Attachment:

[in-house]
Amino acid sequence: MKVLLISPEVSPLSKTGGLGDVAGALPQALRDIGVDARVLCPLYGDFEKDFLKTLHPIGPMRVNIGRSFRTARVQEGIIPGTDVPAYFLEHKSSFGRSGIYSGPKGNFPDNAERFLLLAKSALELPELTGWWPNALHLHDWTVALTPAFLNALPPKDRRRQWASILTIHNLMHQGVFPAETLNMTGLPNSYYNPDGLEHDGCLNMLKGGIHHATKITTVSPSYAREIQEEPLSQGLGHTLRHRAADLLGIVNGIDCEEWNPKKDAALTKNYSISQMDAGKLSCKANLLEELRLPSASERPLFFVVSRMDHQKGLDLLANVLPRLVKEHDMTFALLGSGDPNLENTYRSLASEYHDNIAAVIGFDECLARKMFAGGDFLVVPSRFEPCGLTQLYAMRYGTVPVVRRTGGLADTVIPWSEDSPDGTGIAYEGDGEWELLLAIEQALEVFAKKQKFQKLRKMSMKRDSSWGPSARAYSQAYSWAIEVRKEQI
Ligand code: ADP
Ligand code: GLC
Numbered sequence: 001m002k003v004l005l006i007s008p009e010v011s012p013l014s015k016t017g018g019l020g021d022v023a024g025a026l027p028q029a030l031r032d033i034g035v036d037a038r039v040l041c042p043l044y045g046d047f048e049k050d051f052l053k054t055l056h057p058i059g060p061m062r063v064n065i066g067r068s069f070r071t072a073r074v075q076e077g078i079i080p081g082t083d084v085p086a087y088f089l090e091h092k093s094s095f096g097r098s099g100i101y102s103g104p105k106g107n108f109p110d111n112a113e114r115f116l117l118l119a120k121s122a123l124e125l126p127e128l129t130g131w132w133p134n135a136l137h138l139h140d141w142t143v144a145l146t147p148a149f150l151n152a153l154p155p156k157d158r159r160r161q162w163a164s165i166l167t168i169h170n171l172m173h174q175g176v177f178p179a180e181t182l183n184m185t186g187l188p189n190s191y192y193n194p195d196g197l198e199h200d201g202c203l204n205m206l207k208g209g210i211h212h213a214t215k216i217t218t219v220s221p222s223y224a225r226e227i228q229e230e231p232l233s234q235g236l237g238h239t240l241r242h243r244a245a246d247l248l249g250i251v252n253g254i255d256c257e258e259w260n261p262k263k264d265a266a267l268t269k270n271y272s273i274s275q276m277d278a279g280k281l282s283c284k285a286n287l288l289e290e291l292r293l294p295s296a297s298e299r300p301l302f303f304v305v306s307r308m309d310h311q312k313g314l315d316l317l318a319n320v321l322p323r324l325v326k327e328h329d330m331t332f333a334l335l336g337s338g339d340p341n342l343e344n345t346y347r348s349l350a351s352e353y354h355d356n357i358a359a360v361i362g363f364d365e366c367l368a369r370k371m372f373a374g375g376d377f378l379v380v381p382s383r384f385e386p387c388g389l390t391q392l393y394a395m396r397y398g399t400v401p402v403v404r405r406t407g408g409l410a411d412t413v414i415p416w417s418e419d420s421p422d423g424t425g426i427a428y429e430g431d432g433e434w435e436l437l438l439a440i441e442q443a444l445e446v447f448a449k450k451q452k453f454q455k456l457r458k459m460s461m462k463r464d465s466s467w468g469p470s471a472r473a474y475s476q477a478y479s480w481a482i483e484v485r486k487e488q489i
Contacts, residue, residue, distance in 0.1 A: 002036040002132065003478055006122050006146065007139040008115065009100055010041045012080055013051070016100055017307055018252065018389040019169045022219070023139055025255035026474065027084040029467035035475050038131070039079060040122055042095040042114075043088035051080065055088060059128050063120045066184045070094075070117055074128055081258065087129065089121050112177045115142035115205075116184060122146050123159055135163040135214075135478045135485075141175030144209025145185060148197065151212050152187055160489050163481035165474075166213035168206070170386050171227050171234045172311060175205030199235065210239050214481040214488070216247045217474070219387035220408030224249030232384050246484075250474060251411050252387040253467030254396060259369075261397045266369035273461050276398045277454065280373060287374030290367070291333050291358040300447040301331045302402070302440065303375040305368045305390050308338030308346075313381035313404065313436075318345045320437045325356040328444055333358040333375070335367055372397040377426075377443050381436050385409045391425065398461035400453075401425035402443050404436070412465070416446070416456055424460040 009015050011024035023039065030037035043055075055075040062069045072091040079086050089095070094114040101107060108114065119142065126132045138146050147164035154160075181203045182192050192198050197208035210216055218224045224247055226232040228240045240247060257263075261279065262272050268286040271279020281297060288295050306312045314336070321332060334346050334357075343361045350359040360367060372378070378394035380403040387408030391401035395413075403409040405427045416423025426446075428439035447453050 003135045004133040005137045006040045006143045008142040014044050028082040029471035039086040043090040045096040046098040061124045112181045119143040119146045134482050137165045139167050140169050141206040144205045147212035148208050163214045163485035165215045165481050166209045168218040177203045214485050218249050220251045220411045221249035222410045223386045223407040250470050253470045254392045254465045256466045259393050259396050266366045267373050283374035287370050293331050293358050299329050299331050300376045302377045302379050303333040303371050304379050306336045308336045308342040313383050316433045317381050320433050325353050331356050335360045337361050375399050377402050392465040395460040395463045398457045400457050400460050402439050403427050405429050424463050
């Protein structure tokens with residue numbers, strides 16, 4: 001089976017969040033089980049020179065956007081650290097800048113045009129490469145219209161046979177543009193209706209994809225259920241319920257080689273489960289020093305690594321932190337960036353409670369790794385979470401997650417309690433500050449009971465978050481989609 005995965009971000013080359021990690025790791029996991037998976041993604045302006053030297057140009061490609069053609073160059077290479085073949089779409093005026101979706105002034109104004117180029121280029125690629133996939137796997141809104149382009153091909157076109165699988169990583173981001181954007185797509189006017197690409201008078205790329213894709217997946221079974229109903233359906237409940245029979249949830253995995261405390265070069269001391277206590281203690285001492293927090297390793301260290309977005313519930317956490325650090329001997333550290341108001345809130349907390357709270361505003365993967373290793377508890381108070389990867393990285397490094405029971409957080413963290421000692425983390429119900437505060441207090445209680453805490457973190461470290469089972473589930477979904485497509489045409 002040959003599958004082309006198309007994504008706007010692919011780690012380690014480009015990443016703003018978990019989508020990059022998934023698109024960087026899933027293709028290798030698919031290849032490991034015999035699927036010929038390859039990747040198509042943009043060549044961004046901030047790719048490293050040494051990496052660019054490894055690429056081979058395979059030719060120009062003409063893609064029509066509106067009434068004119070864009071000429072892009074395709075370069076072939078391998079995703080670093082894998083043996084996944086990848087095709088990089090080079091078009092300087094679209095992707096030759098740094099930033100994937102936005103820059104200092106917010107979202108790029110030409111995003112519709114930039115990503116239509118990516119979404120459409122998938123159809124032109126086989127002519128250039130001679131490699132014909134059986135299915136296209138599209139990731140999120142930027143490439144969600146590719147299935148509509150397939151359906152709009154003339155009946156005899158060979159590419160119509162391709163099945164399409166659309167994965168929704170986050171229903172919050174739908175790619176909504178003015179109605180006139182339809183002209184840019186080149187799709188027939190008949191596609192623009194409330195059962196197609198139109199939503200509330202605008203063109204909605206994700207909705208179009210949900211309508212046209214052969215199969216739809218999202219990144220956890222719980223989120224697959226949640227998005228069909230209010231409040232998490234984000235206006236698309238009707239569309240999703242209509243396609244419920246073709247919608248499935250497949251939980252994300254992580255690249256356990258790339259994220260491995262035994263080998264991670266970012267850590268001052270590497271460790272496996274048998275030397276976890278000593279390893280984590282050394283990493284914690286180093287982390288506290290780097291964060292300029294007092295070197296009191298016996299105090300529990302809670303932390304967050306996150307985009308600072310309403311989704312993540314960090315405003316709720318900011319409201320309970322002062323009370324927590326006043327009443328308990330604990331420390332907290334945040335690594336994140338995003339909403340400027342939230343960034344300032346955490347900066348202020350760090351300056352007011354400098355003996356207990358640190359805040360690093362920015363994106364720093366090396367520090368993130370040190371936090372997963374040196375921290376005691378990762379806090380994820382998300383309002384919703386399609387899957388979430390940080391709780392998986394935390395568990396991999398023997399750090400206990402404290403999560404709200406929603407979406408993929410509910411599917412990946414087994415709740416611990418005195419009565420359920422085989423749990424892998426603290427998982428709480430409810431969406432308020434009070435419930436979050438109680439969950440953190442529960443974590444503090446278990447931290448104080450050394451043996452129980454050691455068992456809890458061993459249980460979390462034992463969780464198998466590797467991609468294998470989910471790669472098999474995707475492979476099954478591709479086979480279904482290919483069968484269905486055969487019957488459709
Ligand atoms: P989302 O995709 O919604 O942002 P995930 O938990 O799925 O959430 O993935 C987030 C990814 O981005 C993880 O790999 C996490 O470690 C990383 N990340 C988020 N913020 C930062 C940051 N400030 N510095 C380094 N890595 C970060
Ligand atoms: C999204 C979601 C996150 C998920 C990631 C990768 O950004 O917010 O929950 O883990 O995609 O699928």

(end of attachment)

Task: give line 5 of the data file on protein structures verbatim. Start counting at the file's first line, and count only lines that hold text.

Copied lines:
Numbered sequence: 001m002k003v004l005l006i007s008p009e010v011s012p013l014s015k016t017g018g019l020g021d022v023a024g025a026l027p028q029a030l031r032d033i034g035v036d037a038r039v040l041c042p043l044y045g046d047f048e049k050d051f052l053k054t055l056h057p058i059g060p061m062r063v064n065i066g067r068s069f070r071t072a073r074v075q076e077g078i079i080p081g082t083d084v085p086a087y088f089l090e091h092k093s094s095f096g097r098s099g100i101y102s103g104p105k106g107n108f109p110d111n112a113e114r115f116l117l118l119a120k121s122a123l124e125l126p127e128l129t130g131w132w133p134n135a136l137h138l139h140d141w142t143v144a145l146t147p148a149f150l151n152a153l154p155p156k157d158r159r160r161q162w163a164s165i166l167t168i169h170n171l172m173h174q175g176v177f178p179a180e181t182l183n184m185t186g187l188p189n190s191y192y193n194p195d196g197l198e199h200d201g202c203l204n205m206l207k208g209g210i211h212h213a214t215k216i217t218t219v220s221p222s223y224a225r226e227i228q229e230e231p232l233s234q235g236l237g238h239t240l241r242h243r244a245a246d247l248l249g250i251v252n253g254i255d256c257e258e259w260n261p262k263k264d265a266a267l268t269k270n271y272s273i274s275q276m277d278a279g280k281l282s283c284k285a286n287l288l289e290e291l292r293l294p295s296a297s298e299r300p301l302f303f304v305v306s307r308m309d310h311q312k313g314l315d316l317l318a319n320v321l322p323r324l325v326k327e328h329d330m331t332f333a334l335l336g337s338g339d340p341n342l343e344n345t346y347r348s349l350a351s352e353y354h355d356n357i358a359a360v361i362g363f364d365e366c367l368a369r370k371m372f373a374g375g376d377f378l379v380v381p382s383r384f385e386p387c388g389l390t391q392l393y394a395m396r397y398g399t400v401p402v403v404r405r406t407g408g409l410a411d412t413v414i415p416w417s418e419d420s421p422d423g424t425g426i427a428y429e430g431d432g433e434w435e436l437l438l439a440i441e442q443a444l445e446v447f448a449k450k451q452k453f454q455k456l457r458k459m460s461m462k463r464d465s466s467w468g469p470s471a472r473a474y475s476q477a478y479s480w481a482i483e484v485r486k487e488q489i